Rail Days roll on at Transportation Museum
By David Freeze
For the Salisbury Post
SPENCER — The North Carolina Transportation Museum was bustling Saturday as people turned out to celebrate planes, trains and automobiles.
Passenger trains and model trains were rolling, giving visitors options to see Spencer’s history firsthand.
Rail Days continues from noon to 5 p.m. today.
Children’s crafts, a chili cook-off, and art exhibits are also part of Rail Days, as is bluegrass music by Piedmont Natural Grass.
“The Spencer Shops facility calls out for an event like this. It truly honors the golden age of railroading,” said Mark Brown, museum spokesman.
World War II military vehicles were on display by Tara Air Base of Cooleemee.
“We want to keep the memory alive and preserve memories. We go to five to six events a year. We find vehicles and restore them. In fact, we were up till midnight painting one of the trucks,” said Jan Nichols.
Nichols was joined by husband, Novaro, and friends Darlene and Robert Page, and all wore period dress. The group is taking World War II Memorial registrations.
Both active military and homefront workers are eligible. For more information, call 336-284-2161.
Devin Pratt, 5, from York, S.C., wore his railroad hat and work gloves as he posed for pictures. His grandparents, David and Dusty Wilson, had planned on visiting the museum, and chose the Rail Days weekend to make the visit. The Wilsons had two grandparents who totaled 100 years of railroading on the Penn Railroad.
Art exhibits were provided by 2nd Saturday, a partnership between artists and historic sites that is managed by the N.C. Department of Cultural Resources.
Artists show and sell their wares throughout the summer at the Transportation Museum on the second Saturdays in June, July, and August.
Model-train displays were constantly running in the roundhouse.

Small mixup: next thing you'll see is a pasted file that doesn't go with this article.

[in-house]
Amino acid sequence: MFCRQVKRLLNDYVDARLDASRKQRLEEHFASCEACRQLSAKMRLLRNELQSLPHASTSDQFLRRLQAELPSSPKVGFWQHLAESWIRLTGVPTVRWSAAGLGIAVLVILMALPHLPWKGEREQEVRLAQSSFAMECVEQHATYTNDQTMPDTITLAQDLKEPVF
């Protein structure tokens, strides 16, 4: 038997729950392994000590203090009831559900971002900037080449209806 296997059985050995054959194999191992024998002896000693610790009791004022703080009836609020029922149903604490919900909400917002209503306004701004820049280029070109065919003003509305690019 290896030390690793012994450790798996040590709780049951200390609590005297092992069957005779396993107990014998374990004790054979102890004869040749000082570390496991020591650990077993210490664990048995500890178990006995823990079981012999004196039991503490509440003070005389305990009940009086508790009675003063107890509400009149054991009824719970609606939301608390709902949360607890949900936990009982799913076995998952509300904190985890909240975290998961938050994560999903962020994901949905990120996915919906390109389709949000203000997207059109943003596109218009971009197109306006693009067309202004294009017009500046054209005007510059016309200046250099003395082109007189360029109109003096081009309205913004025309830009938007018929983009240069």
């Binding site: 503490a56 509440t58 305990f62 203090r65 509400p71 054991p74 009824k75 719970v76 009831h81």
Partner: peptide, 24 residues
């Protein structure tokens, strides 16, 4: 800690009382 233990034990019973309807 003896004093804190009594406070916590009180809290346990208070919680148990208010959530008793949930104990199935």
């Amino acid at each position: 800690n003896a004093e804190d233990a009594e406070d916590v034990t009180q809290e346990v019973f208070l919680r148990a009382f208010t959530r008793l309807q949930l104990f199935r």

Nick Cianciosi of Mocksville is a member of the Tidewater group of the Atlantic Coast S-Gaugers. The Tidewater group is out of Hampton Roads, Va.
Cianciosi, an industrial-controls engineer, loves engaging the public.
“Our train displays are meant to be interactive. We occasionally have a child grab a model car and pull it off the track. We just put it back on. Most of the trains were meant to be toys, anyway,” he said. “Some were made in the 1940s and ’50s. Train enthusiasts are graying, and want kids involved. There is such artistry and scenery to model railroading.”
The Tidewater train displays had push buttons along the sides of the tracks. Push buttons highlighted certain areas, or sometimes caused actions in the train yard.
Cianciosi was especially proud of his demolition button, resulting in the implosion of a building in the railyard.
Cianciosi also had a unusual arm-powered “train drag race” on display. Virginia and Jules Taylor of Eden were spinning the handles while their grandfather, Phil Hegler of Winston Salem, watched. “Trains are part of our heritage. This generation might realize eventually that it is not their inherent right to have a car,” Hegler said.
He is a repeat visitor and once brought friends from Scotland.
While Hegler talked, Virginia and Jules powered their racing-train cars along a portion of track with arm power.
There were plenty of activities for small children, too. Children could make lanterns and do face painting in the craft area, or watch a magician perform his tricks.
Annette Motiska from Charlotte brought her grandson Paulo because he loves trains.
“We saw the signs along I-85 for years, and decided to come today,” Motisko said.
Paulo couldn’t keep his eyes off the trains, both big and small.
Throughout the morning, a chili cook off highlighted the food area.
“We had 16 or 17 cooks, and we were competing for points that would allow us to go to Texas for a national competition. All of our events give the proceeds to charity, and today’s charity is the museum itself,” Steve Dixon said. “We pay an entry fee, furnish everything needed to cook the chili, and finally we give it all away. This was a well-run event.”
Other highlights included the working roundtable, which took visitors on the same ride that old locomotives did for years. The Baldwin 542 locomotive used in the George Clooney movie “Leatherheads” was also on display.
Brown invited everyone to come out today.
“This event is a great opportunity to come see the museum.”
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